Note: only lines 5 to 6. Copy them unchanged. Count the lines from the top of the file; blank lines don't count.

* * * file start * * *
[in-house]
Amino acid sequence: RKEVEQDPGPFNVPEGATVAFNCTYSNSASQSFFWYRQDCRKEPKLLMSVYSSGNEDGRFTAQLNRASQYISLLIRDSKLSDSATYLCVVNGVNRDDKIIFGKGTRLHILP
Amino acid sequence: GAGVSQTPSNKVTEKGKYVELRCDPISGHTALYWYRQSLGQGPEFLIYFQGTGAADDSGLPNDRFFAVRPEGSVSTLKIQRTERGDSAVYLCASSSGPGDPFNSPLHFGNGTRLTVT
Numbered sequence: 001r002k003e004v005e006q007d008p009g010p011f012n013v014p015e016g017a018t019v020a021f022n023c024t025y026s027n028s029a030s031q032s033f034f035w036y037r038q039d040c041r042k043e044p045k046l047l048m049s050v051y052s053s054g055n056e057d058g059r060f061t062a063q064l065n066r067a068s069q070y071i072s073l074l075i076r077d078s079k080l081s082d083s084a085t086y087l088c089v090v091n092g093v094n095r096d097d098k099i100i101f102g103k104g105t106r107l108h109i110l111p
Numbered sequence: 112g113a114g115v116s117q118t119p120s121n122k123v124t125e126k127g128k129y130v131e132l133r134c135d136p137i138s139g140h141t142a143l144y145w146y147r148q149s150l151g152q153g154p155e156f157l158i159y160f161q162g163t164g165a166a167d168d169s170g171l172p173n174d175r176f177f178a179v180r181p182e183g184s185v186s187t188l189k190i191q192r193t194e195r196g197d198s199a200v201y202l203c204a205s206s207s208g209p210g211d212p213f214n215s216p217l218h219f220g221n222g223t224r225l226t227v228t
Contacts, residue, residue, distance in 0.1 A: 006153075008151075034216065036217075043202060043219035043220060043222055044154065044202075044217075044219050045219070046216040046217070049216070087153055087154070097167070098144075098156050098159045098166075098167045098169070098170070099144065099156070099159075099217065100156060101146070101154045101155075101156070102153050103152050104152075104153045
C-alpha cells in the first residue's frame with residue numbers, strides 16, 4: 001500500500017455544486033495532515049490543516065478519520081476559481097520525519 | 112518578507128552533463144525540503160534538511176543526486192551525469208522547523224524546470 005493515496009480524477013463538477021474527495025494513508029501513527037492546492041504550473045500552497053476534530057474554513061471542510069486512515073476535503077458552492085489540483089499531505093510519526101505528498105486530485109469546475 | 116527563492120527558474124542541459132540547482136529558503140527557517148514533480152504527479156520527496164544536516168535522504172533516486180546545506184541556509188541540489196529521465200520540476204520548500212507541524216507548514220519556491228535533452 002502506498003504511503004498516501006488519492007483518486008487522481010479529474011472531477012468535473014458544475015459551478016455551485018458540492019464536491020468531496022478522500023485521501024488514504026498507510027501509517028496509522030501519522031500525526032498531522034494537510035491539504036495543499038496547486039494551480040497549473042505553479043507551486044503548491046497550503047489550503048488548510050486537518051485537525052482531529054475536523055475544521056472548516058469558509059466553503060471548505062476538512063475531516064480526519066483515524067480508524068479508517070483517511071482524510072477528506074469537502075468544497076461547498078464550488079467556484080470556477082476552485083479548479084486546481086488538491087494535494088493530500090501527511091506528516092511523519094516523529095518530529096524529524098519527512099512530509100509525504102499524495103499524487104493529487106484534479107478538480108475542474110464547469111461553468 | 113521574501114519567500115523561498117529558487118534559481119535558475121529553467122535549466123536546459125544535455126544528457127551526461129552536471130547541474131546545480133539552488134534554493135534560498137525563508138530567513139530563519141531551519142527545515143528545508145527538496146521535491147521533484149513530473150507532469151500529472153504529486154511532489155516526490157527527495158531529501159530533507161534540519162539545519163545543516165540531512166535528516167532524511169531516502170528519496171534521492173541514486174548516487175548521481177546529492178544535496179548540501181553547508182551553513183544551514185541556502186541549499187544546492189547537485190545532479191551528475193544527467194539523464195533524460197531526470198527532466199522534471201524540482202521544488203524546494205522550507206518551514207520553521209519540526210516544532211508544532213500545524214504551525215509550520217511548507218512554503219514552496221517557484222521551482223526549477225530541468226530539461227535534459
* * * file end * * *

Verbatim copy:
Numbered sequence: 112g113a114g115v116s117q118t119p120s121n122k123v124t125e126k127g128k129y130v131e132l133r134c135d136p137i138s139g140h141t142a143l144y145w146y147r148q149s150l151g152q153g154p155e156f157l158i159y160f161q162g163t164g165a166a167d168d169s170g171l172p173n174d175r176f177f178a179v180r181p182e183g184s185v186s187t188l189k190i191q192r193t194e195r196g197d198s199a200v201y202l203c204a205s206s207s208g209p210g211d212p213f214n215s216p217l218h219f220g221n222g223t224r225l226t227v228t
Contacts, residue, residue, distance in 0.1 A: 006153075008151075034216065036217075043202060043219035043220060043222055044154065044202075044217075044219050045219070046216040046217070049216070087153055087154070097167070098144075098156050098159045098166075098167045098169070098170070099144065099156070099159075099217065100156060101146070101154045101155075101156070102153050103152050104152075104153045